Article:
Proportion of the four patterns of innervation for the external branch of the superior laryngeal nerve (eSLN).

The horizontal length of the ICJ was 14.2 ± 3.6 mm (Fig. 7), with no statistically significant differences between Korean and Thai specimens (p > 0.05). The horizontal distance between the ICJ and the midsagittal line was 7.1 ± 3.6 mm, and this distance was greater in Thai specimens (8.4 mm) than in Korean specimens (5.9 mm) (p < 0.05). The distance from the PP to the midpoint of the ICJ was 8.7 ± 5.1 mm (7.8 mm posterior and 3.9 cm superior to the midpoint), and it was within 1 cm in 17 cases (57%).

Figure 7
Figure 7

Location of the piercing point of the external branch of the superior laryngeal nerve (eSLN). LP, laryngeal prominence, IPC, inferior pharyngeal constrictor; CT, cricothyroid. IPC-CT joint was highlighted as the red line.

Discussion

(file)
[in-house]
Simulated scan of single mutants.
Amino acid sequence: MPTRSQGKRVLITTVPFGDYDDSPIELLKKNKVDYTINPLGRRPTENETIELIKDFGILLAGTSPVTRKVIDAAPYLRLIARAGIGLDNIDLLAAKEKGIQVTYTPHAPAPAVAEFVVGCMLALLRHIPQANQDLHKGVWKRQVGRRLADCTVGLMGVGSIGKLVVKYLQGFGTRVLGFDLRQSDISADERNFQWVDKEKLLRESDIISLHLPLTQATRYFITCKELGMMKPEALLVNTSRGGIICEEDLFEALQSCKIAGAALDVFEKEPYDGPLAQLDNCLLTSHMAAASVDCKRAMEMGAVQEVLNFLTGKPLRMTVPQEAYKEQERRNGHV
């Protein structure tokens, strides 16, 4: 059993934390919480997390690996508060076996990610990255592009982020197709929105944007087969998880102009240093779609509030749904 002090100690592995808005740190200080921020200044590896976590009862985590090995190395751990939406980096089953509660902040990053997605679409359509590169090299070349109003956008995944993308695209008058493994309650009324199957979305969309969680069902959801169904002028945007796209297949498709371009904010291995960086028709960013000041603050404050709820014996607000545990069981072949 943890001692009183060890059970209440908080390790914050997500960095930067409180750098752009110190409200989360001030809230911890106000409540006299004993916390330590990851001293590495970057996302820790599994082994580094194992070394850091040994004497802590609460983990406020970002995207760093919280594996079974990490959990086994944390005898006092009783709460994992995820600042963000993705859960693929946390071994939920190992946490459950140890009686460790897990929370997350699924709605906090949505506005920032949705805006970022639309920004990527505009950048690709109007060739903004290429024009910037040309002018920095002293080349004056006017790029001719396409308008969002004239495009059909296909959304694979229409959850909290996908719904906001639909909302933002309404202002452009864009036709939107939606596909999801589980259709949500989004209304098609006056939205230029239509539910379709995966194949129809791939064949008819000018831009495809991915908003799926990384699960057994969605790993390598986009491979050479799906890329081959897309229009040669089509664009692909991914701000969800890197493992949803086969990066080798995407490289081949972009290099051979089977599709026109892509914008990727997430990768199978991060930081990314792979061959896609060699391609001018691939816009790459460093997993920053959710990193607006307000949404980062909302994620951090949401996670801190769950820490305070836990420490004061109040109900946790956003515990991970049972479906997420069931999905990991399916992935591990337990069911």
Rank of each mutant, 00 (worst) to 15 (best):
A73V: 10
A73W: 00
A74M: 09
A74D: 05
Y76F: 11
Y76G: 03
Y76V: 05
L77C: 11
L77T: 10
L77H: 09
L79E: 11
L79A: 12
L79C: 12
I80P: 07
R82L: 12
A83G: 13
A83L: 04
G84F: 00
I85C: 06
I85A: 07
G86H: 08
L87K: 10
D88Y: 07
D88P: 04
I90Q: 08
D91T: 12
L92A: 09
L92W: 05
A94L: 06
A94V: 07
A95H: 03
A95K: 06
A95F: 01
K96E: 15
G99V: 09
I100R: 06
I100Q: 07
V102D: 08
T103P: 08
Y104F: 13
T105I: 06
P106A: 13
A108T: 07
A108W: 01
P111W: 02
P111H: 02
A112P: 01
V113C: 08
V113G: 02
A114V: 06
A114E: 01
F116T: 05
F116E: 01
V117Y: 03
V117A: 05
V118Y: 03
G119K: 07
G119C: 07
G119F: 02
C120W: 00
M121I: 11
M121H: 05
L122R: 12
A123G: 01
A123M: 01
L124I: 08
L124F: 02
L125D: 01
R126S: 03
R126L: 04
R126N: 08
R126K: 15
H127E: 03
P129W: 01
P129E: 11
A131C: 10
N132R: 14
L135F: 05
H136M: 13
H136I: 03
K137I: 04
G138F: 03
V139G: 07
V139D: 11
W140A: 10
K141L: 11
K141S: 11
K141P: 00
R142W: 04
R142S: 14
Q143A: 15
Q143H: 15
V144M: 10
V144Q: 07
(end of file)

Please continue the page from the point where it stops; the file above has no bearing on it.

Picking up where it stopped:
The branches of the vagus nerve that innervate the muscles of the larynx are responsible for the meticulous control of muscular movements involved in respiration, deglutition, and phonation. Most of these muscles are innervated by the RLN, with the exception of the CT. Because RLN injury frequently results in dyskinesia of vocal ligaments and detrimental voice changes, many previous studies have investigated RLN anatomy to ensure proper identification and preservation of the structure during head and neck surgery5,6,7,8. In contrast, few studies have focused on the anatomy of the eSLN, although damage to this structure may also produce clinical symptoms, such as hoarse or breathy voice and a diminished range of vocal frequency. Considering its intimate topographic relationship to the STA and high injury rate (up to 58%), routine identification of the eSLN prior to surgical manipulation is necessary. However, a consistent, easily identifiable landmark for discerning eSLN anatomy remains to be identified. Therefore, in the present study, we examined the utility of three such landmarks—the STA, AP, and ICJ—for identification of the eSLN during a conventional surgical approach.